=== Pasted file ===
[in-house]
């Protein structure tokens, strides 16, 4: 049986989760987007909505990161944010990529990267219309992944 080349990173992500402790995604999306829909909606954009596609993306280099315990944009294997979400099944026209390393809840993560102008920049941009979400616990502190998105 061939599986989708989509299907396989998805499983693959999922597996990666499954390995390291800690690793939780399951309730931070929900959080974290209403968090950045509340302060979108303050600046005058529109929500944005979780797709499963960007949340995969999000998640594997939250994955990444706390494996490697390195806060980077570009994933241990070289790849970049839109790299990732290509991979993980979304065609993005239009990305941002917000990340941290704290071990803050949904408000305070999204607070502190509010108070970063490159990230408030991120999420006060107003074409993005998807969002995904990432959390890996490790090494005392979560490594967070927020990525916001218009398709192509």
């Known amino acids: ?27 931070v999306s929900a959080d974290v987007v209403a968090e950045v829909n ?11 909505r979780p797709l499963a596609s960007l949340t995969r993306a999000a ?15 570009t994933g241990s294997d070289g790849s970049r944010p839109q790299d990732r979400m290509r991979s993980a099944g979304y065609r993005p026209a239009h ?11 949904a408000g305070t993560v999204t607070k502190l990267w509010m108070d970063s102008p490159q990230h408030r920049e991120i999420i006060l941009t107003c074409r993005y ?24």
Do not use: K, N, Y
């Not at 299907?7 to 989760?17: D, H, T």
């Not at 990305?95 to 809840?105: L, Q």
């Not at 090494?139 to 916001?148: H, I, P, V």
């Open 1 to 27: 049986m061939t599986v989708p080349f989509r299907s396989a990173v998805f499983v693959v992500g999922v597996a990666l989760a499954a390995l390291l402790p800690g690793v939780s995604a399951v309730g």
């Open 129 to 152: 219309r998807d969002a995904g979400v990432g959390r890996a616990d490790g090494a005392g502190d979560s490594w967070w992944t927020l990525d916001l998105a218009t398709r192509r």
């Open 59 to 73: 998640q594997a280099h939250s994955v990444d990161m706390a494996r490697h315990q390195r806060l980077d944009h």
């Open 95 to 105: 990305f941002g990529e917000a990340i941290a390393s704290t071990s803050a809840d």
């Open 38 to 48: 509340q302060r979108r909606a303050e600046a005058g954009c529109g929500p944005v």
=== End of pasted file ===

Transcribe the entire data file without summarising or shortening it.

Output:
[in-house]
């Protein structure tokens, strides 16, 4: 049986989760987007909505990161944010990529990267219309992944 080349990173992500402790995604999306829909909606954009596609993306280099315990944009294997979400099944026209390393809840993560102008920049941009979400616990502190998105 061939599986989708989509299907396989998805499983693959999922597996990666499954390995390291800690690793939780399951309730931070929900959080974290209403968090950045509340302060979108303050600046005058529109929500944005979780797709499963960007949340995969999000998640594997939250994955990444706390494996490697390195806060980077570009994933241990070289790849970049839109790299990732290509991979993980979304065609993005239009990305941002917000990340941290704290071990803050949904408000305070999204607070502190509010108070970063490159990230408030991120999420006060107003074409993005998807969002995904990432959390890996490790090494005392979560490594967070927020990525916001218009398709192509």
């Known amino acids: ?27 931070v999306s929900a959080d974290v987007v209403a968090e950045v829909n ?11 909505r979780p797709l499963a596609s960007l949340t995969r993306a999000a ?15 570009t994933g241990s294997d070289g790849s970049r944010p839109q790299d990732r979400m290509r991979s993980a099944g979304y065609r993005p026209a239009h ?11 949904a408000g305070t993560v999204t607070k502190l990267w509010m108070d970063s102008p490159q990230h408030r920049e991120i999420i006060l941009t107003c074409r993005y ?24």
Do not use: K, N, Y
């Not at 299907?7 to 989760?17: D, H, T």
């Not at 990305?95 to 809840?105: L, Q």
């Not at 090494?139 to 916001?148: H, I, P, V």
């Open 1 to 27: 049986m061939t599986v989708p080349f989509r299907s396989a990173v998805f499983v693959v992500g999922v597996a990666l989760a499954a390995l390291l402790p800690g690793v939780s995604a399951v309730g």
């Open 129 to 152: 219309r998807d969002a995904g979400v990432g959390r890996a616990d490790g090494a005392g502190d979560s490594w967070w992944t927020l990525d916001l998105a218009t398709r192509r």
């Open 59 to 73: 998640q594997a280099h939250s994955v990444d990161m706390a494996r490697h315990q390195r806060l980077d944009h």
């Open 95 to 105: 990305f941002g990529e917000a990340i941290a390393s704290t071990s803050a809840d």
């Open 38 to 48: 509340q302060r979108r909606a303050e600046a005058g954009c529109g929500p944005v």